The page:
Stockton man built Kirkwood
In the 1960s, a team from the U.S. Forest Service first skied slopes that would eventually become Kirkwood Associates.
Bud Klein, a resident of Stockton, Calif., took the cue from the Forest Service and delivered mountain master plans to the agency in 1968.
Klein made money as an agriculturalist in the Central Valley. Contacts in the business world allowed him to form an investment group called Kirkwood Meadows Inc., which supplied cash to build the resort.
So skiers could actually get to Kirkwood, Klein set out to make Highway 88 an all-weather road. By 1971, two state maintenance stations opened, which enabled the road to stay open when it snowed. The same year, the Forest Service issued Klein a special-use permit that allowed the construction of a ski resort on public land. Then the building started.
Kirkwood needed power, water and a sewer system before it could operate. With those facilities in place, Klein built four chair lifts: Snowkirk (No. 1), Caples Crest (No. 2), Iron Horse (No. 3) and Sunrise (No. 4). Red Cliffs Main Lodge, employee housing and private housing were also constructed and the resort opened in 1972.
More than 20 years later, after bad drought years, the resort heeded the advice of its bank and reorganized its finances in 1994.
“(19)91, ’92 and ’93 all were poor years and put the company in pretty deep financial trouble,” said Kirkwood President Tim Cohee. “I arrived in May of 1993 and my role was twofold: to resurrect skier visits and refinance the company — sell it or find a partner.”
After exploring many options, Kirkwood decided in 1995 to partner with Chuck Cobb and the Telluride Ski and Golf Co. Cobb, who also owned part of Telluride, bought out Telluride’s interest at Kirkwood in 1997.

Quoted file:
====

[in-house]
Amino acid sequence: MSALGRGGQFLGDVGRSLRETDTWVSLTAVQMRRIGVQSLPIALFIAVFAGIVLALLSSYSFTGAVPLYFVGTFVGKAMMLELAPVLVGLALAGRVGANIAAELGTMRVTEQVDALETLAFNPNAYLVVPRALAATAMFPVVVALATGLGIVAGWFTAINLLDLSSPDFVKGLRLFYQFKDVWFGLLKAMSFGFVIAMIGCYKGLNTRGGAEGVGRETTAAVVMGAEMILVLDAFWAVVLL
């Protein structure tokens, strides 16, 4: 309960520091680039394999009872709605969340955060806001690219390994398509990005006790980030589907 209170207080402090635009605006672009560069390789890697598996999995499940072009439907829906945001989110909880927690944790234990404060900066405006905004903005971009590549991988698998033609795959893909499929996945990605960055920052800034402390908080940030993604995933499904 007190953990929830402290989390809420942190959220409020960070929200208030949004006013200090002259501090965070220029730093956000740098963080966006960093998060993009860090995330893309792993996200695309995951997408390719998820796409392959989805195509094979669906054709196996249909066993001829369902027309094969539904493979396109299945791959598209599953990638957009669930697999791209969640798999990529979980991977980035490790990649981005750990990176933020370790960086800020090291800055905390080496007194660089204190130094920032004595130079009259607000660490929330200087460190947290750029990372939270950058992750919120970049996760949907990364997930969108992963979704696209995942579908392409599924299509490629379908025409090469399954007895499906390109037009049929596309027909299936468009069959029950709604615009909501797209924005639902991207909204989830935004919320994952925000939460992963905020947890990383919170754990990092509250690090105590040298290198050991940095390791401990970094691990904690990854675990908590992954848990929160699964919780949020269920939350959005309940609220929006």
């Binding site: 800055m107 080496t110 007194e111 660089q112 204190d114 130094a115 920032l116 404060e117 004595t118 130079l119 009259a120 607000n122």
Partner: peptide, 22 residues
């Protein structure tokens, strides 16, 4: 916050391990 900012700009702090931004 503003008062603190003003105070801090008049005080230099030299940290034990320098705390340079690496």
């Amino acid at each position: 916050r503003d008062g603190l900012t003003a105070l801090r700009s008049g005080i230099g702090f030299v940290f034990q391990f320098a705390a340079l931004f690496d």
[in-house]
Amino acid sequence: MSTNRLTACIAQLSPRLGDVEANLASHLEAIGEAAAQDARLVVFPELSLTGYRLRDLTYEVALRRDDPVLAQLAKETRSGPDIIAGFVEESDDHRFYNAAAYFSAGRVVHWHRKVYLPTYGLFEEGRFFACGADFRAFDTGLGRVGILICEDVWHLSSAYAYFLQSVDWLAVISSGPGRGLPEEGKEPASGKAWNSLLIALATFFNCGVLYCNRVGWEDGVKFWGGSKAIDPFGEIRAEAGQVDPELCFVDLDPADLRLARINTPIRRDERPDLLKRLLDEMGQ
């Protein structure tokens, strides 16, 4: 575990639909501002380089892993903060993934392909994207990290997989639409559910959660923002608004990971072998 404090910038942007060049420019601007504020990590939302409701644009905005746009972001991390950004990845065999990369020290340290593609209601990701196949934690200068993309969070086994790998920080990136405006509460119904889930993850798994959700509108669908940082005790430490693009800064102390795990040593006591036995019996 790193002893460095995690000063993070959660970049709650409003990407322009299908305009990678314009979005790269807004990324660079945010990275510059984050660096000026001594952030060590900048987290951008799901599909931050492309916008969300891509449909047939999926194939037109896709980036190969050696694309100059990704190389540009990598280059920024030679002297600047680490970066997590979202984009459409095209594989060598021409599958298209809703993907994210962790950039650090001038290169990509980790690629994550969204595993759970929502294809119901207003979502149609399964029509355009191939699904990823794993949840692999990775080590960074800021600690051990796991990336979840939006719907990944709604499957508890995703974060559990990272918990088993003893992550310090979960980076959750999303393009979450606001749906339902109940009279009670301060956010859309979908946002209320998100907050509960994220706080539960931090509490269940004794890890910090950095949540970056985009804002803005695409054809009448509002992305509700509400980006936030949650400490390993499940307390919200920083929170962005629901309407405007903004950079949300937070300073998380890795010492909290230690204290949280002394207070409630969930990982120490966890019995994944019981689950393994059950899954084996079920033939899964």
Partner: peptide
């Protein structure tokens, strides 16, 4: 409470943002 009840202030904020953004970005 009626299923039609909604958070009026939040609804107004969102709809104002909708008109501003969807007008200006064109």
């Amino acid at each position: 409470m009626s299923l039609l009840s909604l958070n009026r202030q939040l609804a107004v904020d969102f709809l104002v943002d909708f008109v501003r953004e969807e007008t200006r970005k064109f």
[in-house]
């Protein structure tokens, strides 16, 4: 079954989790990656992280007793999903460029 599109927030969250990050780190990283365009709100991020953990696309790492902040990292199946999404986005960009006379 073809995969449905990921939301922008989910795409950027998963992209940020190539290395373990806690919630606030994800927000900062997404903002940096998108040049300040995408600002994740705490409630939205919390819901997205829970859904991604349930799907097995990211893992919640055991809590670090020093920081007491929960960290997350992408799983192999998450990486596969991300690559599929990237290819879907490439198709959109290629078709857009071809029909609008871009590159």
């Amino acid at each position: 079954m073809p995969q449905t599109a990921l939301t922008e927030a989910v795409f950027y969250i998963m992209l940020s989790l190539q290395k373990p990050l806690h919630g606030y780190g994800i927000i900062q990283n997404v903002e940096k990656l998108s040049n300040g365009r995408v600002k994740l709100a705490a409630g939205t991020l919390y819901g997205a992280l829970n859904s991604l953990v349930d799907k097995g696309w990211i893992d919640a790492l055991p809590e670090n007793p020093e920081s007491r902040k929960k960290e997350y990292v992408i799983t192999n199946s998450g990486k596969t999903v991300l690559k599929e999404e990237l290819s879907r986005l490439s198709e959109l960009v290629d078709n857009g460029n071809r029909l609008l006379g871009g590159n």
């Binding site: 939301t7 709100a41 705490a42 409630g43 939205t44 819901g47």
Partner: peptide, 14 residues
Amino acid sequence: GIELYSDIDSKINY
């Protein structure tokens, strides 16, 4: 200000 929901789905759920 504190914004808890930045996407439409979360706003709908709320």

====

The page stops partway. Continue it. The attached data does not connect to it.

“They had spent some many years building Telluride and they knew Kirkwood was a long haul project,” Cohee said. “They decided they didn’t want to do it, but Chuck said, ‘Well, I’ll do it.'”
Today, about 80 percent of Kirkwood Mountain Resort is owned by Cobb, and two business partners, Gary Engle and John Temple. Klein still owns about 20 percent.
Klein, who is in his 70s, is vice chairman of the Kirkwood Board of Directors. He also owns a Sonoma County winery, Rodney Strong Vineyards.
— Gregory Crofton can be reached at (530) 542-8045 or email@example.com.
Support Local Journalism
Support Local Journalism
Readers around the Lake Tahoe Basin and beyond make the Tahoe Tribune's work possible. Your financial contribution supports our efforts to deliver quality, locally relevant journalism.
Now more than ever, your support is critical to help us keep our community informed about the evolving coronavirus pandemic and the impact it is having locally. Every contribution, however large or small, will make a difference.
Your donation will help us continue to cover COVID-19 and our other vital local news.
Start a dialogue, stay on topic and be civil.
If you don't follow the rules, your comment may be deleted.
User Legend: Moderator Trusted User